Tuesday, 14 August 2007 16:26
One step closer
The following was written on August 8: Today was a good day. Thomas and I took off on a DeHavilland Dash 7 at about 10:30 this morning and scored the front seats of the aircraft, right behind the cargo, so we had loads of room. I was surprised about how busy the Kangerlussuaq airport was. We saw several Dash 7s land, they hold about 50 people, and a Boeing of some sort landed too. The Boeing seemed to disgorge people for a good 15 minutes. The plane to Kulusuk took about an hour and a half, and was pretty full. Air Greenland served a complementary meal and several drinks (which is obviously a bad business practice since non of the airlines in the US do that anymore) . The complementary meal was meat and potatoes. Does anyone else spot a pattern here? ...
Tuesday, 14 August 2007 16:52
Written on 13th August 2007: I am writing this on Monday night, with the sun streaming through the fog into my hotel room, and right into my face. There's only one desk to write at so I am wearing my darkest sunglasses. I could close the curtains, but that would spoil the view, which is pure magic. The mountains on the far side of the fjord are higher than the fog, and the icebergs are eerily poking through the murk and everything is changing from minute to minute. Anyway, its Monday, but let's pretend its Saturday. Saturday was a bit special. No, Saturday was a lot special. So cue up some sort of flashback special effect; you can add music, if you like. We were up at around 6:30 am, nowhere near the crack of dawn (which is 4 am and is spect...
Wednesday, 08 August 2007 15:12
Greenland gets a new point of interest: NEEM
Published in News And Announcements
Wednesday, 08 August 2007 13:14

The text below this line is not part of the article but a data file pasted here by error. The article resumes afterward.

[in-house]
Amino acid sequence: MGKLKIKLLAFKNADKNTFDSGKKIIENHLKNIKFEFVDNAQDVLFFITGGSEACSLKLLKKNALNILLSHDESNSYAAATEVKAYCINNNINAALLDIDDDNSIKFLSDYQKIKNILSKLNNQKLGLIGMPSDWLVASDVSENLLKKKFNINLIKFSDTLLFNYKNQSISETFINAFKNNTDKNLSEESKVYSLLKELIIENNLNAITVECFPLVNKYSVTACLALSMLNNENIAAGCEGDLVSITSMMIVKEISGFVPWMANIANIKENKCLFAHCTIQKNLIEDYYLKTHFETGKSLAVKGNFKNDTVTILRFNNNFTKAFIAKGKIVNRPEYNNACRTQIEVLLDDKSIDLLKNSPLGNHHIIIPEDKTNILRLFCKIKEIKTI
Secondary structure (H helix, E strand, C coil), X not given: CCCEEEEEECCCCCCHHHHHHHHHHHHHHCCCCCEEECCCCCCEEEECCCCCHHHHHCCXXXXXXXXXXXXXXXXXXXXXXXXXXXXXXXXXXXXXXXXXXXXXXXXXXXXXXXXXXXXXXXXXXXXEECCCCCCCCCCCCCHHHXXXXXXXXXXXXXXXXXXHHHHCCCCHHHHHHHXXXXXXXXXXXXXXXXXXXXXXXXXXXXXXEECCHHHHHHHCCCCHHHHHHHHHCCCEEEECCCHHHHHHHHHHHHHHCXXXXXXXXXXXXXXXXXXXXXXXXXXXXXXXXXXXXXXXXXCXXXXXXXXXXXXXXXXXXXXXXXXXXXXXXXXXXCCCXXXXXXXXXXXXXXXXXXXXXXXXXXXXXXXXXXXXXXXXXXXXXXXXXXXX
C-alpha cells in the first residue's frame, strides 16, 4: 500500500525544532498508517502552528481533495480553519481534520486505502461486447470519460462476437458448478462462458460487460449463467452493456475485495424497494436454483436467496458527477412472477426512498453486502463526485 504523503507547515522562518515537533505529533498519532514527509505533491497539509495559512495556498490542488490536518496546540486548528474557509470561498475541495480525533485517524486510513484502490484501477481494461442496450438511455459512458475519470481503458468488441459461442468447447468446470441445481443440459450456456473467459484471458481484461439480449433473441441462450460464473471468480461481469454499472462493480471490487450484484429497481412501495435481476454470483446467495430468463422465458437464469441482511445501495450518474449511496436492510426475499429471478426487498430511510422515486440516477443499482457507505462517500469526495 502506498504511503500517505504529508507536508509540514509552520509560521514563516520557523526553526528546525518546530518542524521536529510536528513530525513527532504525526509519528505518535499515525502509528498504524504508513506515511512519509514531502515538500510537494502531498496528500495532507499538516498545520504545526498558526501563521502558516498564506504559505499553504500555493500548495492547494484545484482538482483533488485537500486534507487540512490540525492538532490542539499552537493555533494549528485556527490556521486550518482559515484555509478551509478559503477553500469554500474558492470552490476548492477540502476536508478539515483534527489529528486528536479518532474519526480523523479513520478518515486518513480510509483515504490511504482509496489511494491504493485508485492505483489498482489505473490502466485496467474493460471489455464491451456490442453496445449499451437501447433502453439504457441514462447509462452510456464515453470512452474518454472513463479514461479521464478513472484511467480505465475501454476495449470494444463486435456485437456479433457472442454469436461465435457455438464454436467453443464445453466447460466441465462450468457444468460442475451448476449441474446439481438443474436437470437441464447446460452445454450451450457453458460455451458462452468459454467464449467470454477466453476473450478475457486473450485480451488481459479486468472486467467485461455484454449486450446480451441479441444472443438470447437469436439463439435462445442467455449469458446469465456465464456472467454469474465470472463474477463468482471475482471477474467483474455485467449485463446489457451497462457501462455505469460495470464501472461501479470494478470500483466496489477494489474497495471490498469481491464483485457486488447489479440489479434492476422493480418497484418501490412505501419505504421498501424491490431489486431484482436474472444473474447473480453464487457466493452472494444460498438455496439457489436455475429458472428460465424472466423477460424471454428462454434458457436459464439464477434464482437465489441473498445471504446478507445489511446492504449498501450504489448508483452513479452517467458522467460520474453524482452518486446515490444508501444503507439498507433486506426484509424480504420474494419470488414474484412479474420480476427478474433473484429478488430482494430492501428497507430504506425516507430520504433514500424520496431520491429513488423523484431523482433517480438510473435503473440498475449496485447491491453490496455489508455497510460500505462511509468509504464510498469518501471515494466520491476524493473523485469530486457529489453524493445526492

Diary of the Sleep Deprived 2
Today was another long day. Up at the crack of dawn - we're far enough south here in Kangerlussuaq that it still gets dark at night, and then pretty much busy busy busy until this evening. Eric Kendrick was first to leave on a commercial flight towards the north. He had a mountain of excess baggage that needed to go with him to Upernavik, where he will be installing one of our GPS sites. The folks at Air Greenland had been warned we were coming, but even so it took a moment or two of concerned glances and nervous foot shuffling before forms were produced and signed and Eric could be on his way. An hour or so later Dana and Abel carted off to a military flight towards the south and Narsarssuaq. They will be based from there while installing four more GPS sit...
Wednesday, 08 August 2007 09:39
Diary of the sleep deprived
I'm somewhere over Baffin Bay in a noisy but not very cramped LC-130 of New York Air National Guard (NYANG). Up at 4am this morning, running around as usual in order to stop and wait. and wait and wait. The formalities at the Scotia Airbase were very much more relaxed than those at Christchurch. No Extreme Weather Gear to roast in in the middle of summer and no barked commands like I am used to on the flights to Antarctica. We still got a cramped plane though. Instead of the ever-so-nice C17 Globemasters we take from "Cheech" to the ice, we got onto a ski-equipped Hercules with web seating to fly from Scotia to "Sondie" as the guard call it, or Kanger as pretty much everyone else seems to call it. We were told we were going to stop on the way there, and ...